· Origin-destination movements of travellers are difficult to obtain without interviewing, which is costly. Often partial datasets are used as a basis for estimation.
· Freight volumes/tonnage/values can be difficult to obtain due to commercial confidentiality
· Travel times for public transport services can be extracted from timetables if they are reliable. For private road traffic travel time surveys are needed and for unreliable public transport services travel time surveys would also be needed.
· Journey distances are very important and can often be extracted from geographic information systems or measured from maps. Actual journey distances are almost always larger than the crow fly distance.
· Public transport service frequencies and routes/lines are difficult to obtain without surveying in countries or areas with little regulation or where no timetable exists (i.e. a demand responsive or sporadic service exists).
· Annualisation factors and factoring single day observations to an average daily level require continuous observed data throughout the calendar year. Errors in this data can have a very significant impact on the validity of the results.
· Working time and Non-working time split requires interview surveys which are costly
· General data entry errors (e.g. transcription errors, transposition errors, etc.)
The demand forecasting model will generally contain a mathematical relationship and have a spatial context. This relationship will utilise the demand and supply inputs described above to output demand forecasts at most probably a spatially disaggregated level. Some demand models, particularly road traffic models, may also output the change in supply conditions (e.g. change in travel times in response to the increase in congestion). The mis-specification of any of the relationships contained within the demand forecasting model will lead to errors within the demand forecasts.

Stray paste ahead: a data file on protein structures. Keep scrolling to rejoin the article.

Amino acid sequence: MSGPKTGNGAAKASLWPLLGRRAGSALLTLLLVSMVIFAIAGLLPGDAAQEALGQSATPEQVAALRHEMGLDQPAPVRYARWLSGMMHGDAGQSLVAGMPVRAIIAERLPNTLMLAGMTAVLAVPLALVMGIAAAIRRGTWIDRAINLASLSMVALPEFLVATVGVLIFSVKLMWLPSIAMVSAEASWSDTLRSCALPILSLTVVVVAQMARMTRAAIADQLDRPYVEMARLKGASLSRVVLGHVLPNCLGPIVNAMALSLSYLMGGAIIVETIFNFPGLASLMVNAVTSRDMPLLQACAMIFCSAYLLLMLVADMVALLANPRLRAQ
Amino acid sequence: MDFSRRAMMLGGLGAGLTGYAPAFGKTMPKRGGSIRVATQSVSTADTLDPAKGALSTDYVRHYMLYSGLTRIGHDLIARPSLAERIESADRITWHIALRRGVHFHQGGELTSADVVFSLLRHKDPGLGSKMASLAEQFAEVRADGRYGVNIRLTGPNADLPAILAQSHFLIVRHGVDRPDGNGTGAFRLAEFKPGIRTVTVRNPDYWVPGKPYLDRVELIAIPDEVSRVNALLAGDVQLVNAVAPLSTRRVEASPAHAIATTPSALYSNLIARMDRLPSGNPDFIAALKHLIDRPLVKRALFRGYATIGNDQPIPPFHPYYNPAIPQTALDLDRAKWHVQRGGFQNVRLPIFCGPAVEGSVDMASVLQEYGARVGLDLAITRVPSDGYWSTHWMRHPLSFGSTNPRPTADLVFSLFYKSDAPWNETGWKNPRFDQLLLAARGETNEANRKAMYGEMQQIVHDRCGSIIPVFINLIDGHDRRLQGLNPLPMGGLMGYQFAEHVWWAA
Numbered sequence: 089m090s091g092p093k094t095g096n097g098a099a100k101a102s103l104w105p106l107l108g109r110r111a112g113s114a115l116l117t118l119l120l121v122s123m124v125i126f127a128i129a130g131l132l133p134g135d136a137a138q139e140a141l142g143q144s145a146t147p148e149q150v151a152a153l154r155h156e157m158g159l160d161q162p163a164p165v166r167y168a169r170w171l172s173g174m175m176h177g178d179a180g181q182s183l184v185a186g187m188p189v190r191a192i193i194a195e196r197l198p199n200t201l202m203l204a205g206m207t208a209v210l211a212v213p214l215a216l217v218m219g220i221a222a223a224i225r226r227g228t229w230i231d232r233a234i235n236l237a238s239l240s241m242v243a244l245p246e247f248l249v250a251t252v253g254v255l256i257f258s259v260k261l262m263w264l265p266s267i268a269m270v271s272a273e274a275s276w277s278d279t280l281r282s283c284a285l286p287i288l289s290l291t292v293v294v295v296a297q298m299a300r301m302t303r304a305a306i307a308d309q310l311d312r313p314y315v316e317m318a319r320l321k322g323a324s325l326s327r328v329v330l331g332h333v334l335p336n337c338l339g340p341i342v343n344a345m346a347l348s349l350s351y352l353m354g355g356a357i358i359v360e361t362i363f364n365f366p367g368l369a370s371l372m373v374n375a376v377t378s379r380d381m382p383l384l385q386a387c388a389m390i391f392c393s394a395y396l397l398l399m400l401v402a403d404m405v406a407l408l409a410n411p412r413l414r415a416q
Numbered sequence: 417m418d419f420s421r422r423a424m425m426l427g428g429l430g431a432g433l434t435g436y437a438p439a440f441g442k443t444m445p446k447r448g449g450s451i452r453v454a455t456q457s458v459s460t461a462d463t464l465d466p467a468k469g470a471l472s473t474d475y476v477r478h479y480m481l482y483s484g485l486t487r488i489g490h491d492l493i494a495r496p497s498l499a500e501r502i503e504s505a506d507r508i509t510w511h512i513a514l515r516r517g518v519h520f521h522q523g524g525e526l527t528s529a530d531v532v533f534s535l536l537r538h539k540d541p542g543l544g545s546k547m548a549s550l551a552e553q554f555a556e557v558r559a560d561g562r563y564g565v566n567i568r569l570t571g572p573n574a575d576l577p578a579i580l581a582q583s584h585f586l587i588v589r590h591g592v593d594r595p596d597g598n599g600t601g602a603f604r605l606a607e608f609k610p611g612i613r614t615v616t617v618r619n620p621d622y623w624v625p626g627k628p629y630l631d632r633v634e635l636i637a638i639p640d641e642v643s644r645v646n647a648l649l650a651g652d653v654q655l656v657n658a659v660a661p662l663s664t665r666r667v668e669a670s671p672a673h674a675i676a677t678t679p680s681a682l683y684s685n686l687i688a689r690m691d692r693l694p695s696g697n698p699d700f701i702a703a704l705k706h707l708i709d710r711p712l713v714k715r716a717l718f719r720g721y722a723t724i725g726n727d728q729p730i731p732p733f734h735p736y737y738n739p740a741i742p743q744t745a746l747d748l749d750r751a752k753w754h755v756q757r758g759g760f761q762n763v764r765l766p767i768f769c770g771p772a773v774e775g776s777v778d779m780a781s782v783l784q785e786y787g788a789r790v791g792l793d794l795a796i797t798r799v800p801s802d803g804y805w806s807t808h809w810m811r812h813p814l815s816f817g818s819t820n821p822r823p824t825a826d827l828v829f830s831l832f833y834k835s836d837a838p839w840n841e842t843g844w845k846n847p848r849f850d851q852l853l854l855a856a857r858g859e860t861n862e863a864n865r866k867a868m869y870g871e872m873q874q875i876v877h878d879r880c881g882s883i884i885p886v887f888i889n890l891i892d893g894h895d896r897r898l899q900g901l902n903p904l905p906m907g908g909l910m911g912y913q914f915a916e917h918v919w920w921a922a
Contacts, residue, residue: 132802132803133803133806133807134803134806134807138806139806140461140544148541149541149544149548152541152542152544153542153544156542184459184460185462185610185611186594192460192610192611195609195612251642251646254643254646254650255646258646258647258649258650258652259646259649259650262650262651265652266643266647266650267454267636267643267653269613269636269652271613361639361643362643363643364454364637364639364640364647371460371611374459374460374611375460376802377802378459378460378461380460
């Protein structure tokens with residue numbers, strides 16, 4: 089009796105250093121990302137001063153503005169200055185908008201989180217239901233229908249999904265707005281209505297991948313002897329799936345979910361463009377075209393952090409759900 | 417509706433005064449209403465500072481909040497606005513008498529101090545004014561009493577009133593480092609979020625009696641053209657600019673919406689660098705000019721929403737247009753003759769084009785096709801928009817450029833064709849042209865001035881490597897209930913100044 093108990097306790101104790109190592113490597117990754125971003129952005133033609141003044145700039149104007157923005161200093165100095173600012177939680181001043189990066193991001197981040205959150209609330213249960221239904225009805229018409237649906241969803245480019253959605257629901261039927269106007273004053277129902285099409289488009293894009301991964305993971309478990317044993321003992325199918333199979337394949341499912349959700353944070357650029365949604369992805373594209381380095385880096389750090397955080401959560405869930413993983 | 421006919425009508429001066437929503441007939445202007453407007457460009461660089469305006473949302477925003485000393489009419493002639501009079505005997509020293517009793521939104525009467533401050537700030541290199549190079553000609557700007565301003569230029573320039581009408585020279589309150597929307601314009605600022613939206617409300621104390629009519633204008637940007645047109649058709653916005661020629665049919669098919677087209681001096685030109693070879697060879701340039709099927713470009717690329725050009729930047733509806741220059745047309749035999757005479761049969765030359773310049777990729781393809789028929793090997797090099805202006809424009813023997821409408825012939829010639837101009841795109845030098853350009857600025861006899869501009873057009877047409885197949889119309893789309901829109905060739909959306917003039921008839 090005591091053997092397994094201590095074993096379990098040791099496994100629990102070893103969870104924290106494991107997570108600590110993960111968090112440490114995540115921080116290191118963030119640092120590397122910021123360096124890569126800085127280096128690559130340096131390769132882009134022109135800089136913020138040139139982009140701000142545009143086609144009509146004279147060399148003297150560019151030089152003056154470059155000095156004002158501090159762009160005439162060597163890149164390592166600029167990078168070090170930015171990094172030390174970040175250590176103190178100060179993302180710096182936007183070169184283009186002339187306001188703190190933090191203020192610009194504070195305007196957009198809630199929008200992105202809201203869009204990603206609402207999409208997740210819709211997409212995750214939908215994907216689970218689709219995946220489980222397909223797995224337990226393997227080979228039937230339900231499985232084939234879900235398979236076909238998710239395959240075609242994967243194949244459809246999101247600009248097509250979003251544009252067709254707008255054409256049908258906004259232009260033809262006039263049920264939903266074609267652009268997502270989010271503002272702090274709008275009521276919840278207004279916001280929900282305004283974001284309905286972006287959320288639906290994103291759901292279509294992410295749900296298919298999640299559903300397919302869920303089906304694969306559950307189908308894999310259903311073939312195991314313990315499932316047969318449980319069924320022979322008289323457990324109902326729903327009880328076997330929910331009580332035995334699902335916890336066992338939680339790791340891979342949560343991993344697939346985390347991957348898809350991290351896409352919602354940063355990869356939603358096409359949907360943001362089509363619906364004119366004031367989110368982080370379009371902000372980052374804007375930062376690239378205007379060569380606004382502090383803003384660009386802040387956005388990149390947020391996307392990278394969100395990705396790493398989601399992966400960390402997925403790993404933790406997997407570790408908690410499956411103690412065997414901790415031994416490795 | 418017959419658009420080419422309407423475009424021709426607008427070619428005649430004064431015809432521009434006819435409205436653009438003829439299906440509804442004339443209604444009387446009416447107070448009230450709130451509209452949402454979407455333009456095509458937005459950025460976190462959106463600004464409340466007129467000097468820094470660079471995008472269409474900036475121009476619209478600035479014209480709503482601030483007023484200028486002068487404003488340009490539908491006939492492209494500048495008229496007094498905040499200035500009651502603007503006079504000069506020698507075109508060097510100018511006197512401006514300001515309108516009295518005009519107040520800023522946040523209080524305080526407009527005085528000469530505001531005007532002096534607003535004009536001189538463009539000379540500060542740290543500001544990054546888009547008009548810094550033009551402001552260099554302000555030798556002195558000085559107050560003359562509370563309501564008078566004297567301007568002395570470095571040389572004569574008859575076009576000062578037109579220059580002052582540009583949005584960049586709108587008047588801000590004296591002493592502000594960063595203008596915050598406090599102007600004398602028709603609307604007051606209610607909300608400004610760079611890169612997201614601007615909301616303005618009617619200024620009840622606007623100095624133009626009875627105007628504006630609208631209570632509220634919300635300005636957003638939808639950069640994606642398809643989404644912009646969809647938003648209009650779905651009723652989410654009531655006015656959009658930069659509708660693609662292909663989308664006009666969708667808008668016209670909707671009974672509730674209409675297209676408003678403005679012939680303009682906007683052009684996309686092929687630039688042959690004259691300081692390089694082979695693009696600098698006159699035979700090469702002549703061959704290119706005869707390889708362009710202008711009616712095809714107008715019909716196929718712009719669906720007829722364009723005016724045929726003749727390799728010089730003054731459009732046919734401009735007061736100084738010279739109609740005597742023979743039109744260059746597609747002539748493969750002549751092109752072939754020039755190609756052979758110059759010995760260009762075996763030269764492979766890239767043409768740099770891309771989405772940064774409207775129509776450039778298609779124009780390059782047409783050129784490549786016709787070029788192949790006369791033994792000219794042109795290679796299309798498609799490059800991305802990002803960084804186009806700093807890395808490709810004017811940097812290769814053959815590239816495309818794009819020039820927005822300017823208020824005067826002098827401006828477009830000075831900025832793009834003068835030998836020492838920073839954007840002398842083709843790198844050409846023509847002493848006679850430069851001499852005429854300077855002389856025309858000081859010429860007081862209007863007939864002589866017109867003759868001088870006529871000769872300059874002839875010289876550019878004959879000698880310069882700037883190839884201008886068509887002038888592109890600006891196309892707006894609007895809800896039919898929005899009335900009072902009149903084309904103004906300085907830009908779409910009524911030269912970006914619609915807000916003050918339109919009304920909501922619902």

Key aspects of the demand forecasts where model specification errors may impact on an economic assessment are set out below.
Model area: the model should encompass the area over which all the economic benefits and costs of the project will be felt. Often a project may have cross-border impacts, for example in the case of project aimed at stimulating international trade or in the case of a large urban city located near a national boundary. In such instances it is critical that the model area should encompass all parts of the transport network affected by the project no matter which country the network lies in. The model area should not therefore be artificially restricted to respect the borders of one country.
Model segmentation: the model should be segmented to reflect the following characteristics of the study area and proposed transport investment:
· Where user benefits are expected to vary temporally (e.g. either hourly or seasonally). Thus a model of a congested urban area should be segmented to reflect the morning peak, the inter-peak and the evening peak, whilst a model of a rural area may need to be segmented to reflect the wet season and the dry season should say travel times vary significantly between the two.
· Where different growth rates for vehicle classes that accrue different levels of user benefit (e.g. cars and trucks) are expected. In such situations the vehicle classes should be explicitly differentiated between within the model.
· Where significant variations in behaviour could be expected from different population groups. In the majority of situations this is restricted to the disaggregation between commercial or freight traffic and passenger carrying traffic, however, in situations where some form of fiscal regime is envisaged (e.g. road tolls, public transport fares) segmentation by in-working time and non-working time travelling groups and/or by income banding will be needed.